We have presented a methodology for assessing epidemic spreading based on links instead of nodes. The model, named ELE, allows the determination of the epidemic importance of each link in transmitting the disease. The method accounts for the first-order correlations between links, although it could be extended to higher orders, assuming a larger analytical and computational cost. The results are used to develop an epidemic containment strategy built on deactivating recursively the links with the largest link epidemic importance while preserving the connectivity of the full network, that is, avoiding fragmentation. We have validated our proposal in synthetic and empirical networks, comparing with other alternative containment strategies, which show its better performance, with few exceptions. In the empirical case of the worldwide air transportation network, we identify the most important connections between airports for the spreading of epidemics and evaluate the epidemic incidence after its deactivation, considering an SIS epidemic spreading dynamics. Our results open the door to new approaches in the analysis of dynamical diffusive-like models on complex networks at the level of links instead of nodes.


Epidemic threshold

The determination of the epidemic threshold was performed by considering a state of the system in which the epidemic incidence is very small (Embedded Image, for all links); thus, the system of equations can be linearized (see section S2 for full details), resulting inEmbedded Image(9)Embedded Image(10)

Here, we removed the dependence on time to emphasize that we are considering the steady state. From Eq. 9, we can writeEmbedded Image(11)

Now, calling Embedded Image, which does not depend on node j because Pi = I, σj = S) + Pi = I, σj = I) = Pi = I), we made the following ansatzEmbedded Image(12)Embedded Image(13)where ϒ, X, and Z are constants independent of the link. These ansatz include the assumptions of symmetry of Embedded Image and asymmetry of Φij, respectively. We can determine the constants by substitution in Eq. 11 and using the definition of εi, which leads toEmbedded Image(14)Embedded Image(15)Embedded Image(16)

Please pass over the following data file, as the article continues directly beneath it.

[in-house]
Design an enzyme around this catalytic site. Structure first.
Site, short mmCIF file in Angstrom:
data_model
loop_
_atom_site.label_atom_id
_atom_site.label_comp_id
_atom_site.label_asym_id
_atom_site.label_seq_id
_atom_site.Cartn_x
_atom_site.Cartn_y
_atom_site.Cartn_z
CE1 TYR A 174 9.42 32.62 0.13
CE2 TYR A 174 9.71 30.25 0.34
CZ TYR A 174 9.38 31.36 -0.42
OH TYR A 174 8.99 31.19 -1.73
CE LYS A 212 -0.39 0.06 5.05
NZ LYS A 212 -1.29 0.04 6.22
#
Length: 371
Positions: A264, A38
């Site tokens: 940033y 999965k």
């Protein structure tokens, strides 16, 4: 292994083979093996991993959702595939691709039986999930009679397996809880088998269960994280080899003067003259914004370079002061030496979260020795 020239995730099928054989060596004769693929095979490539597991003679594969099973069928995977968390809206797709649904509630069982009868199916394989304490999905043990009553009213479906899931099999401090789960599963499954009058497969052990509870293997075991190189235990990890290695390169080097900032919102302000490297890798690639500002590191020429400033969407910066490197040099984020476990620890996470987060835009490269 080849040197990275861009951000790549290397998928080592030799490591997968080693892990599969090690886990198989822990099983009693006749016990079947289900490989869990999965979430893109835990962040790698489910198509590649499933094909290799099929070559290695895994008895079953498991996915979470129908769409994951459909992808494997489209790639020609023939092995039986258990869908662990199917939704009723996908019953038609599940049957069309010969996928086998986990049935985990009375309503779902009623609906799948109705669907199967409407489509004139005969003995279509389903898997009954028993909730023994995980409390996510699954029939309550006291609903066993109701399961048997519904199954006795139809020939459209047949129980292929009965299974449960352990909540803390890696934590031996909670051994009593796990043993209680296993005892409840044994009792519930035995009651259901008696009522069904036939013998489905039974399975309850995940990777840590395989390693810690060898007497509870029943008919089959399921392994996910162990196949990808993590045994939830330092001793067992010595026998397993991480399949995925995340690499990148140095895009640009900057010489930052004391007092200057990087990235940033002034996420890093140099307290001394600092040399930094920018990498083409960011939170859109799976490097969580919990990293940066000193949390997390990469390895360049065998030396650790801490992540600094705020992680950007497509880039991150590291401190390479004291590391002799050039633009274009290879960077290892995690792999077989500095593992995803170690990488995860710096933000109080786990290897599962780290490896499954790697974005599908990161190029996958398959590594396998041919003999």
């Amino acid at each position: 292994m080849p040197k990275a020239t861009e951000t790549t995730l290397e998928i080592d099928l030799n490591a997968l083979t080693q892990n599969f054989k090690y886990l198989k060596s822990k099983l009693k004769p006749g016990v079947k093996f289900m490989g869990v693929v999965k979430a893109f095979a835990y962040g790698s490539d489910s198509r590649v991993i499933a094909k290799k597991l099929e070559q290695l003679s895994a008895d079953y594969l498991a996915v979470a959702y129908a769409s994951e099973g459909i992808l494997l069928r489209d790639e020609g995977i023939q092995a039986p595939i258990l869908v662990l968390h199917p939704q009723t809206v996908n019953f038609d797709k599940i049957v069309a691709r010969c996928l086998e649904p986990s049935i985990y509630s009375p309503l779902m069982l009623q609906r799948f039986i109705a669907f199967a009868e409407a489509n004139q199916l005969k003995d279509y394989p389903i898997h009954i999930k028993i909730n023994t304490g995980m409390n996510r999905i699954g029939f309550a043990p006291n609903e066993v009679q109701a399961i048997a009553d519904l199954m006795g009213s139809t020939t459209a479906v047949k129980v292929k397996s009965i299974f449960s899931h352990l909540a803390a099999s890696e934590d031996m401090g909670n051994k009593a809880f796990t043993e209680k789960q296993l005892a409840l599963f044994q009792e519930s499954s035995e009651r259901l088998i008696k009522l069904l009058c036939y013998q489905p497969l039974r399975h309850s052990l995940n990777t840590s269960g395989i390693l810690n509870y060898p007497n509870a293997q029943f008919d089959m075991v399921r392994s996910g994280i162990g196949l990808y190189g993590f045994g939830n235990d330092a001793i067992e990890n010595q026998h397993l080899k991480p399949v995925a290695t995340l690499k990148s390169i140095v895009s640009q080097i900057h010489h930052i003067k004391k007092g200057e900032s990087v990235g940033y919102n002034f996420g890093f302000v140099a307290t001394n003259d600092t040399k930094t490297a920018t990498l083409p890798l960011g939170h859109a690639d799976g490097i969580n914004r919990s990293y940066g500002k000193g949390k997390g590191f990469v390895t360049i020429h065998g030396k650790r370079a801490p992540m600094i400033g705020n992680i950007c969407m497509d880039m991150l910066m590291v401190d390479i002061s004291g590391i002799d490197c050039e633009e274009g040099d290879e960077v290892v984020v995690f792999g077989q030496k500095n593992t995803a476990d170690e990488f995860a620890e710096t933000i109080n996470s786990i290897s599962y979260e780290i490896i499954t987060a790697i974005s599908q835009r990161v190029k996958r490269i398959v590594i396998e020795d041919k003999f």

Last, we built equations for εi by substituting Eqs. 9 and 10 in Embedded Image and using the ansatz. The result isEmbedded Image(17)where B is a matrix whose elements depend on the adjacency matrix of the network, on ϒ, and on the degrees ki of the nodesEmbedded Image(18)

δij stands for the Kronecker delta function, which is 1 if i = j and 0 otherwise. If μ/β is an eigenvalue of matrix B, then Eq. 17 has nontrivial solutions. Hence, the onset of the epidemics βc, the lowest value of β that yields nontrivial solutions of Eq. 17, is given byEmbedded Image(19)where Λmax(B) is the largest eigenvalue of matrix B. Note that matrix B depends on β and μ; thus, Eq. 19 is implicit for βc, which can be solved by iteration (see section S3 for a discussion on the determination of the epidemic threshold).

Estimation of the incidence of the epidemic from numerical simulations